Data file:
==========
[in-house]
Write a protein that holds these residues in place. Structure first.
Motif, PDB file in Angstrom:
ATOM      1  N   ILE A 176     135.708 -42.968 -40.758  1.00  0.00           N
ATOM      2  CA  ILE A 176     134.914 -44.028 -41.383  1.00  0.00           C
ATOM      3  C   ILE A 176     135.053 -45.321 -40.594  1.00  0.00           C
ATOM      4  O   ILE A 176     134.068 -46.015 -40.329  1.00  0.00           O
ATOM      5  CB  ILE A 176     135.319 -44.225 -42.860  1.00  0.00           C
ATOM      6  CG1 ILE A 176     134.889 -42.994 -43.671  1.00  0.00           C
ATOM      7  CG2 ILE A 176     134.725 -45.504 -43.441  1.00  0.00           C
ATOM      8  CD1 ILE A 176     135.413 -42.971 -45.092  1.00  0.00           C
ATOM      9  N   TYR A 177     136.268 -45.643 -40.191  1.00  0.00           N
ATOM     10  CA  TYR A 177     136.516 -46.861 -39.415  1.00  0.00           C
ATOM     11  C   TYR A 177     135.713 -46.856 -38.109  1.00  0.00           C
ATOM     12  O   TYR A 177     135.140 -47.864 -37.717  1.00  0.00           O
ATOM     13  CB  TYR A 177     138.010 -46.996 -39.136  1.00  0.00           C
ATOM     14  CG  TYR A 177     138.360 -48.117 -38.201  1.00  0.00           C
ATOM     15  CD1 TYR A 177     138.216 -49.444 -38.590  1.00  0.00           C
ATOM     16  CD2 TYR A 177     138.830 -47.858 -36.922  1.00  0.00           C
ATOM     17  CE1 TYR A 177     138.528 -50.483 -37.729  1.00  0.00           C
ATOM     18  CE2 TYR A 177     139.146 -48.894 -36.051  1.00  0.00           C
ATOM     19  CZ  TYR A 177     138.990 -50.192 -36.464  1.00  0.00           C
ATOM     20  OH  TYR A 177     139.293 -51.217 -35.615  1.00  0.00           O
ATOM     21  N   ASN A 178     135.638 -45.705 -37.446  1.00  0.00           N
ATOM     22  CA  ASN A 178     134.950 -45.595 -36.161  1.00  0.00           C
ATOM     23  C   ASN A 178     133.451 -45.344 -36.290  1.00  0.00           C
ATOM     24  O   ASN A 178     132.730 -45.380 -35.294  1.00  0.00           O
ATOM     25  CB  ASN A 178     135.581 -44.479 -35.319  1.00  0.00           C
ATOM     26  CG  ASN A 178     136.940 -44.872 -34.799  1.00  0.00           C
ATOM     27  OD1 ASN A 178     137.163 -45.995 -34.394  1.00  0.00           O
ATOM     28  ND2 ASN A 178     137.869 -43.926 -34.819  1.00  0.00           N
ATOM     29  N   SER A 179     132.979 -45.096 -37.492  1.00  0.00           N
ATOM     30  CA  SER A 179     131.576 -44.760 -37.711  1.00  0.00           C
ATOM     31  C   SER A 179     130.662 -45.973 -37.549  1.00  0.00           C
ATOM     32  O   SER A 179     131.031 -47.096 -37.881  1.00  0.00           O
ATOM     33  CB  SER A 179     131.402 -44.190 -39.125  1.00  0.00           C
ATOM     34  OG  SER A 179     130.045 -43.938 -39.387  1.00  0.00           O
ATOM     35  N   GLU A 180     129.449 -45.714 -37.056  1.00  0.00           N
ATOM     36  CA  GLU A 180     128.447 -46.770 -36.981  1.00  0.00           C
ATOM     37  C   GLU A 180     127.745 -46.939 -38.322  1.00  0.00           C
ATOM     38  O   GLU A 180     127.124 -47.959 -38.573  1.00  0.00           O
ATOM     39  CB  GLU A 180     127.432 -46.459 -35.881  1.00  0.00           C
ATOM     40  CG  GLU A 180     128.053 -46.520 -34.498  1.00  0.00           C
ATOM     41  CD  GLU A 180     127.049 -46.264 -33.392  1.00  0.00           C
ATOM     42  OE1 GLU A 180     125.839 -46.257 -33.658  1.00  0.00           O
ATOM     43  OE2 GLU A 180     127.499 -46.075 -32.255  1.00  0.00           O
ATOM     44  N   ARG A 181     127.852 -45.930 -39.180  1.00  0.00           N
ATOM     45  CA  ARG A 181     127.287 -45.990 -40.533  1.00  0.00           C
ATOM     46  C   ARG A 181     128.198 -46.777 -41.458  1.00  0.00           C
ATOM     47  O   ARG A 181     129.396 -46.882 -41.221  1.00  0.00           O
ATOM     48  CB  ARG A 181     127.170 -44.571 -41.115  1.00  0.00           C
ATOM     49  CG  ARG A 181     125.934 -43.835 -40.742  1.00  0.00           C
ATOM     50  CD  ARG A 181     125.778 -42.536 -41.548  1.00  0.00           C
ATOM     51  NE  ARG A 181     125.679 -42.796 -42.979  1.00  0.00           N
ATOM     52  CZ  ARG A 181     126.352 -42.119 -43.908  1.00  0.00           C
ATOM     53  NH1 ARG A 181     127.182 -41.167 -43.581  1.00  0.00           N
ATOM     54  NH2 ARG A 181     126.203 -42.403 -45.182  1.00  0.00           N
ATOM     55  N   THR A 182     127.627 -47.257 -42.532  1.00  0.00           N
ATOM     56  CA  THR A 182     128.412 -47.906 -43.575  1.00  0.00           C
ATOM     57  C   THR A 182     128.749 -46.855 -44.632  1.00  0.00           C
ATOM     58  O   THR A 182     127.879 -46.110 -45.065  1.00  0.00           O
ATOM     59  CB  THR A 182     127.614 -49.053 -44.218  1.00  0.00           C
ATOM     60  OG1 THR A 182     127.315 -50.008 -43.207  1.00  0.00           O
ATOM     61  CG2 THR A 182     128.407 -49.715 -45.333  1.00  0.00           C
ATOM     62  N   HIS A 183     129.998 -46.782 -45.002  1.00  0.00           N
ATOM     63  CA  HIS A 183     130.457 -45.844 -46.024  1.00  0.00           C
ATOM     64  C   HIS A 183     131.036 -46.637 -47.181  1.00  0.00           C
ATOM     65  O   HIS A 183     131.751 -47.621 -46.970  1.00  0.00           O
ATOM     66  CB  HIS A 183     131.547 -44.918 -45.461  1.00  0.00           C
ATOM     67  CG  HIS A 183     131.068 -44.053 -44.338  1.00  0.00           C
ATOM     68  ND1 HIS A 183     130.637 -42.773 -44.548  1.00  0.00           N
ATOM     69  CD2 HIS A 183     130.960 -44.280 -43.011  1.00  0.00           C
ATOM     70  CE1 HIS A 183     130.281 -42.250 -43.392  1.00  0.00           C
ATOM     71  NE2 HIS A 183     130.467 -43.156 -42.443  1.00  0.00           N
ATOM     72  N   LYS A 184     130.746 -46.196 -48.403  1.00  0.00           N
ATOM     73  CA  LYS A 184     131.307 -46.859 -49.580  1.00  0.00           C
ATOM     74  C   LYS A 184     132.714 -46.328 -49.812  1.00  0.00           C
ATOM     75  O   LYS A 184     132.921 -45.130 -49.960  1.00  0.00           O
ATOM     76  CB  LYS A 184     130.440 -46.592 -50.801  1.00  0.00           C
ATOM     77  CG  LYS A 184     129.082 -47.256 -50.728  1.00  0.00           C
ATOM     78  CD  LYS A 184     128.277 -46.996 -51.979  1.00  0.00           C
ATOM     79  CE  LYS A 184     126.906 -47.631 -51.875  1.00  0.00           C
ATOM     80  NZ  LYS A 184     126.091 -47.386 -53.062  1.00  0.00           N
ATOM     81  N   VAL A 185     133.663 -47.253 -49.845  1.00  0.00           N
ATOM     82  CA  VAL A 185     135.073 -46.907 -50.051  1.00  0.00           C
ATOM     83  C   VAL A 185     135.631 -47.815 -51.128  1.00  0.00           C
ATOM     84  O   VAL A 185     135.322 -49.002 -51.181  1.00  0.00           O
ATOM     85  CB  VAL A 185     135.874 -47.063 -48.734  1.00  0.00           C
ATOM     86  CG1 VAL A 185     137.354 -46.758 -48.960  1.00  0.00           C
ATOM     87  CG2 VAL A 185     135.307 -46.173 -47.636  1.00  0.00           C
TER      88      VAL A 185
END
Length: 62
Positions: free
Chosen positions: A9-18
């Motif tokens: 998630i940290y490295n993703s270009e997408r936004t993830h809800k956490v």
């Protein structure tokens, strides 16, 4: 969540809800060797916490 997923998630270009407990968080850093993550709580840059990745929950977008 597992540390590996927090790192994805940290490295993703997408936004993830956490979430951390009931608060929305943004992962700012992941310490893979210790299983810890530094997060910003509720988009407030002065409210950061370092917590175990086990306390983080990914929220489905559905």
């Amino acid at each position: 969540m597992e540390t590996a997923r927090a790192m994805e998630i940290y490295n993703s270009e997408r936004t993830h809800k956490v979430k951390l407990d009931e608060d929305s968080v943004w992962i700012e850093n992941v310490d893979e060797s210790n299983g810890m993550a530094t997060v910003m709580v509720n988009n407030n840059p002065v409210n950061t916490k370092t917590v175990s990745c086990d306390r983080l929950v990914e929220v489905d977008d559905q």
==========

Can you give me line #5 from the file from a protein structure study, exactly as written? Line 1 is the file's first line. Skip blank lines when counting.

ATOM      2  CA  ILE A 176     134.914 -44.028 -41.383  1.00  0.00           C